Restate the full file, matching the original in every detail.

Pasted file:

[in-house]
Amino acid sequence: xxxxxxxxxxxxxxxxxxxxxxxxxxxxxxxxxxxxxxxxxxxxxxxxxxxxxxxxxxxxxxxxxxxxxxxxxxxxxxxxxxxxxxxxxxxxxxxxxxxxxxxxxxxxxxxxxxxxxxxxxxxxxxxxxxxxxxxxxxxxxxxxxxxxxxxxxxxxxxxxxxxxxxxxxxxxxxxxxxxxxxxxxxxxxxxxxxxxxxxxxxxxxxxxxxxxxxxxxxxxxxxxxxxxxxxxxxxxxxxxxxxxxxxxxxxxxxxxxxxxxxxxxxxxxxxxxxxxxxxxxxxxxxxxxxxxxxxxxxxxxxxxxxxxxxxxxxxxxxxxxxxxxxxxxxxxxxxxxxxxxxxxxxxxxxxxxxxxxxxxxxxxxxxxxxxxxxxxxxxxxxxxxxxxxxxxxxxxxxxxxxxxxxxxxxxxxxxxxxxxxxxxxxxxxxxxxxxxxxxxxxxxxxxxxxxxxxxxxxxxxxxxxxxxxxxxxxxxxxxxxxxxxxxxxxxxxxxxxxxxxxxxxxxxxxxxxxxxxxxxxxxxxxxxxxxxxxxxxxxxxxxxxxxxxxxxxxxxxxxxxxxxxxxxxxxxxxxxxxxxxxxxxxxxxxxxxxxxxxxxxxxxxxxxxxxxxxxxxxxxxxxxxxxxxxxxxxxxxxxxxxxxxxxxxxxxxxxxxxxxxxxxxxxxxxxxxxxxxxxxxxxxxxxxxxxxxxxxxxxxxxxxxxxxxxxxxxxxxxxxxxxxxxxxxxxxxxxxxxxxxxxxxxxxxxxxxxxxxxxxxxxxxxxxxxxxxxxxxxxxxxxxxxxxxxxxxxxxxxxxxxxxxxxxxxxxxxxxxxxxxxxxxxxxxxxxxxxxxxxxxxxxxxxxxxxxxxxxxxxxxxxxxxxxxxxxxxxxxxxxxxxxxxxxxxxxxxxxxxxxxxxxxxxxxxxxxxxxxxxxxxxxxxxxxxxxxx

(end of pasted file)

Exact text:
[in-house]
Amino acid sequence: xxxxxxxxxxxxxxxxxxxxxxxxxxxxxxxxxxxxxxxxxxxxxxxxxxxxxxxxxxxxxxxxxxxxxxxxxxxxxxxxxxxxxxxxxxxxxxxxxxxxxxxxxxxxxxxxxxxxxxxxxxxxxxxxxxxxxxxxxxxxxxxxxxxxxxxxxxxxxxxxxxxxxxxxxxxxxxxxxxxxxxxxxxxxxxxxxxxxxxxxxxxxxxxxxxxxxxxxxxxxxxxxxxxxxxxxxxxxxxxxxxxxxxxxxxxxxxxxxxxxxxxxxxxxxxxxxxxxxxxxxxxxxxxxxxxxxxxxxxxxxxxxxxxxxxxxxxxxxxxxxxxxxxxxxxxxxxxxxxxxxxxxxxxxxxxxxxxxxxxxxxxxxxxxxxxxxxxxxxxxxxxxxxxxxxxxxxxxxxxxxxxxxxxxxxxxxxxxxxxxxxxxxxxxxxxxxxxxxxxxxxxxxxxxxxxxxxxxxxxxxxxxxxxxxxxxxxxxxxxxxxxxxxxxxxxxxxxxxxxxxxxxxxxxxxxxxxxxxxxxxxxxxxxxxxxxxxxxxxxxxxxxxxxxxxxxxxxxxxxxxxxxxxxxxxxxxxxxxxxxxxxxxxxxxxxxxxxxxxxxxxxxxxxxxxxxxxxxxxxxxxxxxxxxxxxxxxxxxxxxxxxxxxxxxxxxxxxxxxxxxxxxxxxxxxxxxxxxxxxxxxxxxxxxxxxxxxxxxxxxxxxxxxxxxxxxxxxxxxxxxxxxxxxxxxxxxxxxxxxxxxxxxxxxxxxxxxxxxxxxxxxxxxxxxxxxxxxxxxxxxxxxxxxxxxxxxxxxxxxxxxxxxxxxxxxxxxxxxxxxxxxxxxxxxxxxxxxxxxxxxxxxxxxxxxxxxxxxxxxxxxxxxxxxxxxxxxxxxxxxxxxxxxxxxxxxxxxxxxxxxxxxxxxxxxxxxxxxxxxxxxxxxxxxxxxxxx